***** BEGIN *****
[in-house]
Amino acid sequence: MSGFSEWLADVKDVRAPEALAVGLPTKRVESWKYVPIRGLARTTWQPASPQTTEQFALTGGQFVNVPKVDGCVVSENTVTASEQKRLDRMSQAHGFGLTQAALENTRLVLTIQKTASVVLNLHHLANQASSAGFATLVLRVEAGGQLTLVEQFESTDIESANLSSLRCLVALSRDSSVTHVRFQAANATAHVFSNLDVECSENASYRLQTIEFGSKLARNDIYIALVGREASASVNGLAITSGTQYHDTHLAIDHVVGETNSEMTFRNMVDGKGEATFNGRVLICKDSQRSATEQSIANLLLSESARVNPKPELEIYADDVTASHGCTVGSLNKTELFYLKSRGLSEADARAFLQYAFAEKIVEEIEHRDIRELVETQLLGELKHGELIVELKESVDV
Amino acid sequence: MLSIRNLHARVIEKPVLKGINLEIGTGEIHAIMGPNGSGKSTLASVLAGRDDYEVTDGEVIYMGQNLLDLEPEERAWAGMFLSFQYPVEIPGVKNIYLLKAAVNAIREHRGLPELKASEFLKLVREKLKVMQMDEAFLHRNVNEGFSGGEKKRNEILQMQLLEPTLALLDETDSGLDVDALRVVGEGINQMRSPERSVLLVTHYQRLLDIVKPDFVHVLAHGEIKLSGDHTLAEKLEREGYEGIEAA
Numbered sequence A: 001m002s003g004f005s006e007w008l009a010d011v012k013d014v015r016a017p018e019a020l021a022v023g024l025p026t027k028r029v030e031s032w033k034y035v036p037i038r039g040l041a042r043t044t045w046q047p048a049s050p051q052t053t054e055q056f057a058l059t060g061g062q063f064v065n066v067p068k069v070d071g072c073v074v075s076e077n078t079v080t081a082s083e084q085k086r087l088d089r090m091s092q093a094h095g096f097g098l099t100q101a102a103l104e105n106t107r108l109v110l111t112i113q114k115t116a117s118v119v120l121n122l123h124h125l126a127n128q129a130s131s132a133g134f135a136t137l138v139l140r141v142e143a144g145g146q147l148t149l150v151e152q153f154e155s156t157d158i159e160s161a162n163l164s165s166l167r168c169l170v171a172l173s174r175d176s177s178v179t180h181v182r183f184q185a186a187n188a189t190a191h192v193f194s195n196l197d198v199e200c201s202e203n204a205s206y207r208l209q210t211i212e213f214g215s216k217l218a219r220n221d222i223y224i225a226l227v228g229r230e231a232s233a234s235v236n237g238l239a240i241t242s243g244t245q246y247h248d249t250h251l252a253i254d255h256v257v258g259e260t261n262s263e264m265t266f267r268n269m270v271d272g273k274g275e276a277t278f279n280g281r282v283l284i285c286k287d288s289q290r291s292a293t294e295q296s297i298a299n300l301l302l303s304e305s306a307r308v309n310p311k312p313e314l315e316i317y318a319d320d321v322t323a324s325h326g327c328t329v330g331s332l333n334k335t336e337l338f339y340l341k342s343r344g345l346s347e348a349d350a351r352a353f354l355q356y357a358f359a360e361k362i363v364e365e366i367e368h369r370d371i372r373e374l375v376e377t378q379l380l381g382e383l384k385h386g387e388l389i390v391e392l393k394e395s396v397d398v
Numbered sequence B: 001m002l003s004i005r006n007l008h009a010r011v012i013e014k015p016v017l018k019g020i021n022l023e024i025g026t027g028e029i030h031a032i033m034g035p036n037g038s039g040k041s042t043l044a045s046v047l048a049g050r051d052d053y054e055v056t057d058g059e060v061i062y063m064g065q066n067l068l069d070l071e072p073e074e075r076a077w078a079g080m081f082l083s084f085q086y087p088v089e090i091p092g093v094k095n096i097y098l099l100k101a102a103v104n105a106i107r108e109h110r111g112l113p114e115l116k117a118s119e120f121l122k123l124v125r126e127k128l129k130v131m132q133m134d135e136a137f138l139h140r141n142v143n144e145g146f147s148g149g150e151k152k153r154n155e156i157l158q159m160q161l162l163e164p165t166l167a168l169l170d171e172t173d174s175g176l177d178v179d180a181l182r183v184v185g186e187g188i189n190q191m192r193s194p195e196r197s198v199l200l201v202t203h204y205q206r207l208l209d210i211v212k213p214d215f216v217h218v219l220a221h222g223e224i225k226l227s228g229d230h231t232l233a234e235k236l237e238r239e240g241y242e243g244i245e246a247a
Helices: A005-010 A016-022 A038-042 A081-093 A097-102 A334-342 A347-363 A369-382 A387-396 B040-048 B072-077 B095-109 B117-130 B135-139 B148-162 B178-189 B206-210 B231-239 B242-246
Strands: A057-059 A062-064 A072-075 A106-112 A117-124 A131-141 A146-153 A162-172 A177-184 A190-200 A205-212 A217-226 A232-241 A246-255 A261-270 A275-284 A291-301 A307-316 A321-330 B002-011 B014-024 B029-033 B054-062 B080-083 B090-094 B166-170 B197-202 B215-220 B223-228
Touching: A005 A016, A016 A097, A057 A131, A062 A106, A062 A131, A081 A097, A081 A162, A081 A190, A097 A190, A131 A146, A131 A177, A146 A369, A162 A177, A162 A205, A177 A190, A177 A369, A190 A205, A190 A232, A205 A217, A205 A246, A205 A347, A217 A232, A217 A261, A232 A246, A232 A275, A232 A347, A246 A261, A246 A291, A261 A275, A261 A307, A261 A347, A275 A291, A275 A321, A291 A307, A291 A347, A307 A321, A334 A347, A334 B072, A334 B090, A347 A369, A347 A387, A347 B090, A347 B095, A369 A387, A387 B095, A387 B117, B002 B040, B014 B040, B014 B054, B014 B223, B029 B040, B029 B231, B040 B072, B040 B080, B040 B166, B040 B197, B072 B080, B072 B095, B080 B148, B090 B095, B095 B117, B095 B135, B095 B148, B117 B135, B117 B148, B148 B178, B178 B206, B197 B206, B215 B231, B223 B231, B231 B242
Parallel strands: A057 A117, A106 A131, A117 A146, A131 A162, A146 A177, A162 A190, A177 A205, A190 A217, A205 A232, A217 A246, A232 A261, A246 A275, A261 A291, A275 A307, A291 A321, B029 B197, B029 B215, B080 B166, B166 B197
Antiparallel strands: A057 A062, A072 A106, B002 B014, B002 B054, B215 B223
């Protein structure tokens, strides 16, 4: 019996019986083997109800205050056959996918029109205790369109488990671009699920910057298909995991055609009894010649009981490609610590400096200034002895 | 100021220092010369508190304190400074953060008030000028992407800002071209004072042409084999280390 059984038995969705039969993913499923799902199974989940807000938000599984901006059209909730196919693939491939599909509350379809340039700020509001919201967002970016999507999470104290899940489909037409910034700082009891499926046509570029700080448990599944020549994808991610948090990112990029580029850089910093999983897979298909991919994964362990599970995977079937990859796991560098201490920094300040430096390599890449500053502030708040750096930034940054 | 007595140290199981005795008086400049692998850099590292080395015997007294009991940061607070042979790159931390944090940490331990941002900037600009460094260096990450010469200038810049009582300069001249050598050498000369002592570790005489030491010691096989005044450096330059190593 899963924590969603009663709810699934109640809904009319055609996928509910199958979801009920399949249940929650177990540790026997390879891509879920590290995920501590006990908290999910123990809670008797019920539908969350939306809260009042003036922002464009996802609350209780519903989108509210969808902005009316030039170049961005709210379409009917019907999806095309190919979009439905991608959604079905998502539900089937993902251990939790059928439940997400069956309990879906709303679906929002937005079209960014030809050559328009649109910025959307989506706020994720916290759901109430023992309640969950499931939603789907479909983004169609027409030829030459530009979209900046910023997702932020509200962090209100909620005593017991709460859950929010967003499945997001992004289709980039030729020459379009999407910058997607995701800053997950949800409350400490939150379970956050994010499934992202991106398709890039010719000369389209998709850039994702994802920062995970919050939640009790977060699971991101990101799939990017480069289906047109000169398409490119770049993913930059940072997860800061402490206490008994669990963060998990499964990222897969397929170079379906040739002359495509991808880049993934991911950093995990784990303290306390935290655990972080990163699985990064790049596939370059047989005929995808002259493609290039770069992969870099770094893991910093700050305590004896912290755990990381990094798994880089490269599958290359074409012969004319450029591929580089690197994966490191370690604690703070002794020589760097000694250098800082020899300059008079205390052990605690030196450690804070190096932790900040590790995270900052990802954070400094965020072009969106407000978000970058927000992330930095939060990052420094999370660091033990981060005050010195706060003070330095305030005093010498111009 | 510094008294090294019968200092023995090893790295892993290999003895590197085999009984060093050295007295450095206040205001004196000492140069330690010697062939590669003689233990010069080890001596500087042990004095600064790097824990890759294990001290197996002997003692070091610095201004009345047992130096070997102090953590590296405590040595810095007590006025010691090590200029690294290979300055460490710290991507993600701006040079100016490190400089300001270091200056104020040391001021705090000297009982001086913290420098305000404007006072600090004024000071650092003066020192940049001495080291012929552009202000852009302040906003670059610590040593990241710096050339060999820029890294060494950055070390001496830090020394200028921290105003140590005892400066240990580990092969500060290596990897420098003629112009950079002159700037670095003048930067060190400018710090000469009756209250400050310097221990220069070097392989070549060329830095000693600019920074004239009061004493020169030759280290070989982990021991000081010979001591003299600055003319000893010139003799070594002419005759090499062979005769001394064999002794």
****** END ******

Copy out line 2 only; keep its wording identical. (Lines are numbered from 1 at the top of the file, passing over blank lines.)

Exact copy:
Amino acid sequence: MSGFSEWLADVKDVRAPEALAVGLPTKRVESWKYVPIRGLARTTWQPASPQTTEQFALTGGQFVNVPKVDGCVVSENTVTASEQKRLDRMSQAHGFGLTQAALENTRLVLTIQKTASVVLNLHHLANQASSAGFATLVLRVEAGGQLTLVEQFESTDIESANLSSLRCLVALSRDSSVTHVRFQAANATAHVFSNLDVECSENASYRLQTIEFGSKLARNDIYIALVGREASASVNGLAITSGTQYHDTHLAIDHVVGETNSEMTFRNMVDGKGEATFNGRVLICKDSQRSATEQSIANLLLSESARVNPKPELEIYADDVTASHGCTVGSLNKTELFYLKSRGLSEADARAFLQYAFAEKIVEEIEHRDIRELVETQLLGELKHGELIVELKESVDV